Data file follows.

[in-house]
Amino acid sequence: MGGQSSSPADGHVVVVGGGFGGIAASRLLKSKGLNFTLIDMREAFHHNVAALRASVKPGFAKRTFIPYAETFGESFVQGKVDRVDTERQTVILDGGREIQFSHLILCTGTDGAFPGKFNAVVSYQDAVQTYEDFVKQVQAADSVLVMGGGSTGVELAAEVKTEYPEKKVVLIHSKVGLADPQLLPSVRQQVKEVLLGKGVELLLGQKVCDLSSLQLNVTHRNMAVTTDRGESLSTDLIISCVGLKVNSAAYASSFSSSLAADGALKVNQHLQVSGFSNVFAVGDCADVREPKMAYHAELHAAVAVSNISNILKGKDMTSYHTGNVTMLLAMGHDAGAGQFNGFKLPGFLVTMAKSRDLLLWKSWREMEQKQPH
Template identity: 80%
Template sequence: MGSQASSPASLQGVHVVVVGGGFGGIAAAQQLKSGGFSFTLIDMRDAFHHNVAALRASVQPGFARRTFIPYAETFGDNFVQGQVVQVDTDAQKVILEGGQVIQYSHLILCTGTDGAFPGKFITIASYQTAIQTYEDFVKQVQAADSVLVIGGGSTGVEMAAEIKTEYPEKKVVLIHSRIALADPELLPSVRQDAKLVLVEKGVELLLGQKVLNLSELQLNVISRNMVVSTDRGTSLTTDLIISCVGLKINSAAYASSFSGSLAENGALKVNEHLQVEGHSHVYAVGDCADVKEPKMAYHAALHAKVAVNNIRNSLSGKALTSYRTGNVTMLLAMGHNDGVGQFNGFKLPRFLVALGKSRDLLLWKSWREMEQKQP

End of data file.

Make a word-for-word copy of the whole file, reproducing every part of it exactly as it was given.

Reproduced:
[in-house]
Amino acid sequence: MGGQSSSPADGHVVVVGGGFGGIAASRLLKSKGLNFTLIDMREAFHHNVAALRASVKPGFAKRTFIPYAETFGESFVQGKVDRVDTERQTVILDGGREIQFSHLILCTGTDGAFPGKFNAVVSYQDAVQTYEDFVKQVQAADSVLVMGGGSTGVELAAEVKTEYPEKKVVLIHSKVGLADPQLLPSVRQQVKEVLLGKGVELLLGQKVCDLSSLQLNVTHRNMAVTTDRGESLSTDLIISCVGLKVNSAAYASSFSSSLAADGALKVNQHLQVSGFSNVFAVGDCADVREPKMAYHAELHAAVAVSNISNILKGKDMTSYHTGNVTMLLAMGHDAGAGQFNGFKLPGFLVTMAKSRDLLLWKSWREMEQKQPH
Template identity: 80%
Template sequence: MGSQASSPASLQGVHVVVVGGGFGGIAAAQQLKSGGFSFTLIDMRDAFHHNVAALRASVQPGFARRTFIPYAETFGDNFVQGQVVQVDTDAQKVILEGGQVIQYSHLILCTGTDGAFPGKFITIASYQTAIQTYEDFVKQVQAADSVLVIGGGSTGVEMAAEIKTEYPEKKVVLIHSRIALADPELLPSVRQDAKLVLVEKGVELLLGQKVLNLSELQLNVISRNMVVSTDRGTSLTTDLIISCVGLKINSAAYASSFSGSLAENGALKVNEHLQVEGHSHVYAVGDCADVKEPKMAYHAALHAKVAVNNIRNSLSGKALTSYRTGNVTMLLAMGHNDGVGQFNGFKLPRFLVALGKSRDLLLWKSWREMEQKQP